Red State Booknotes: The Law (Part I)

This is my first entry for the new Red State Booknotes version 3.0.  It’s hard to pick a point in the first twenty pages of The Law to discuss for this post. I am so amazed at this book that I would like to just reprint the twenty pages and be done with it. However, if I must pick, there is one point towards the end of the reading I want to look at.

The Law Must Be Philanthropic.
This is from the last section of the reading for this week and is an attack on Socialism. We see the theme below time after time in today’s world. Mr. Bastiat writes:

It is not considered sufficient that the law should be just; it must be philanthropic. Nor is it sufficient that the law should guarantee to every citizen the free and inoffensive use of his faculties for physical, intellectual, and moral self-improvement. Instead, it is demanded that the law should directly extend welfare, education, and morality throughout the nation.

When it comes to our federal government, I am a minimalist. I think the federal government should only do, and should only tax to accomplish, the bare minimum set out in the Constitution, and required by our consent to be governed. That means protecting individual rights and protecting our borders. Everything else is extra.  Everything extra should be eliminated during a financial crisis. An example of this would be all foreign aid. Let’s put aside the argument of whether foreign aid actually works or not. In order to protect our borders, our citizens, and to guarantee equal rights, our government does not have to provide any foreign aid. However we do it because either its “the right thing to do” or because we want nations around the world to like us. How does taking plunder from our citizens in the form of taxes to give to foreign nations help our country? How does it help our citizens, some of whom may be struggling in this economy, to have a portion of their pay check taken from them and sent to a foreign government?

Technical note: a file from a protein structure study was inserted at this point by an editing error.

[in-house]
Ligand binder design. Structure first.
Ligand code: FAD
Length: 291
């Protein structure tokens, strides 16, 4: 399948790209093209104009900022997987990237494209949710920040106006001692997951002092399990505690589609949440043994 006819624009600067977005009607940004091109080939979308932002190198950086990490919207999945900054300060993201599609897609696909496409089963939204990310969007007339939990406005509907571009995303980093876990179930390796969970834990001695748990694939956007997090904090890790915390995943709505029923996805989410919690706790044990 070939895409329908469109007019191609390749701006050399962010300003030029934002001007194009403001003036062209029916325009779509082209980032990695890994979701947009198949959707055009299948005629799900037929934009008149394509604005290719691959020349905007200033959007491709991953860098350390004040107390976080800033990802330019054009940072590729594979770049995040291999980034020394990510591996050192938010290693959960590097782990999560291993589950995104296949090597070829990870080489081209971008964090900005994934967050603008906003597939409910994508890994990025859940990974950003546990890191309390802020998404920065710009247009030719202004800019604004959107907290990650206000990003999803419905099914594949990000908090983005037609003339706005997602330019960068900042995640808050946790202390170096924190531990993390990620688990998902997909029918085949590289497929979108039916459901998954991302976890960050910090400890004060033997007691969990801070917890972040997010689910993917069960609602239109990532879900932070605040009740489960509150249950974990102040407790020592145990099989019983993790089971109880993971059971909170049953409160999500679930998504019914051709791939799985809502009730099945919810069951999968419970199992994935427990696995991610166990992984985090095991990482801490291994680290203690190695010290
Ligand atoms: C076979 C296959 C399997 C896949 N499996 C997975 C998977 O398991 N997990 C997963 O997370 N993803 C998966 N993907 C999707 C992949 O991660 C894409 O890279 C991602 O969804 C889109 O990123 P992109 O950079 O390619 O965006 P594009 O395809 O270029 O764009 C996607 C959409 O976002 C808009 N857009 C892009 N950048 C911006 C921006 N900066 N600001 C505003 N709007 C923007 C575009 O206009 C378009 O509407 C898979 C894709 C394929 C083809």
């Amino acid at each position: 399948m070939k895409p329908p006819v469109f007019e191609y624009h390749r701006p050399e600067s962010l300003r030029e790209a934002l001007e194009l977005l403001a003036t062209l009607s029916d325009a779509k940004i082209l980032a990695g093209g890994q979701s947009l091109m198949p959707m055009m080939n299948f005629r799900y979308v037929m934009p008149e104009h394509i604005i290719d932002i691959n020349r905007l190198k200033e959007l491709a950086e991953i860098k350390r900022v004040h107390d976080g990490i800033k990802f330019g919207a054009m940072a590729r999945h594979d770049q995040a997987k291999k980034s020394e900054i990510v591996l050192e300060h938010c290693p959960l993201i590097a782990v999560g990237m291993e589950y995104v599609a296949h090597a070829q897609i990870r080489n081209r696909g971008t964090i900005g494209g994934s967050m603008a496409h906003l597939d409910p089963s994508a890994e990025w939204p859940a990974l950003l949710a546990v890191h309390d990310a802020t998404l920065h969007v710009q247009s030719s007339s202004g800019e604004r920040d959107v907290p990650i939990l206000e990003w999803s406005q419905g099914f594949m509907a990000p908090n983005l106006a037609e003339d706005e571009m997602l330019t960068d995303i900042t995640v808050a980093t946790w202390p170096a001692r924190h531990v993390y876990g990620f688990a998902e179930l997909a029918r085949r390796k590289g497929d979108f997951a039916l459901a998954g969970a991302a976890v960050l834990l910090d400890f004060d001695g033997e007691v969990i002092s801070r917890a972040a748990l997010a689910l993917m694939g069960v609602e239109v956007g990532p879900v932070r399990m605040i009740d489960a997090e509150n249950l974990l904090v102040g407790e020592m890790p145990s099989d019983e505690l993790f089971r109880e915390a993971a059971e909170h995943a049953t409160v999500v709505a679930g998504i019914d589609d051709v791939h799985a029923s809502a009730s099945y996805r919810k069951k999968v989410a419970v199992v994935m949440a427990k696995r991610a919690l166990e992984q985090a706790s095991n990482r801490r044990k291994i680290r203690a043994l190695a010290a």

Another example would be unemployment benefits that last almost two years. I could understand some small federally guaranteed benefits (say 16 weeks at most?). But why do we tax in order to provide unemployment benefits for two years? It may seem philanthropic to “help” someone for this time but guaranteeing and individual a pay check for two years means you provide them an economic incentive to reject work they may otherwise take. You provide them the means to leach at working citizens, without providing them any real motive to get off unemployment.

On a side note…

For next week, I plan to cover through What is Liberty? I will have my diary posted on Sunday this time.  Should we continue to post assuming anyone reading this has read the reading?  Or should we start explaining the section a little more with the hopes of getting more readers?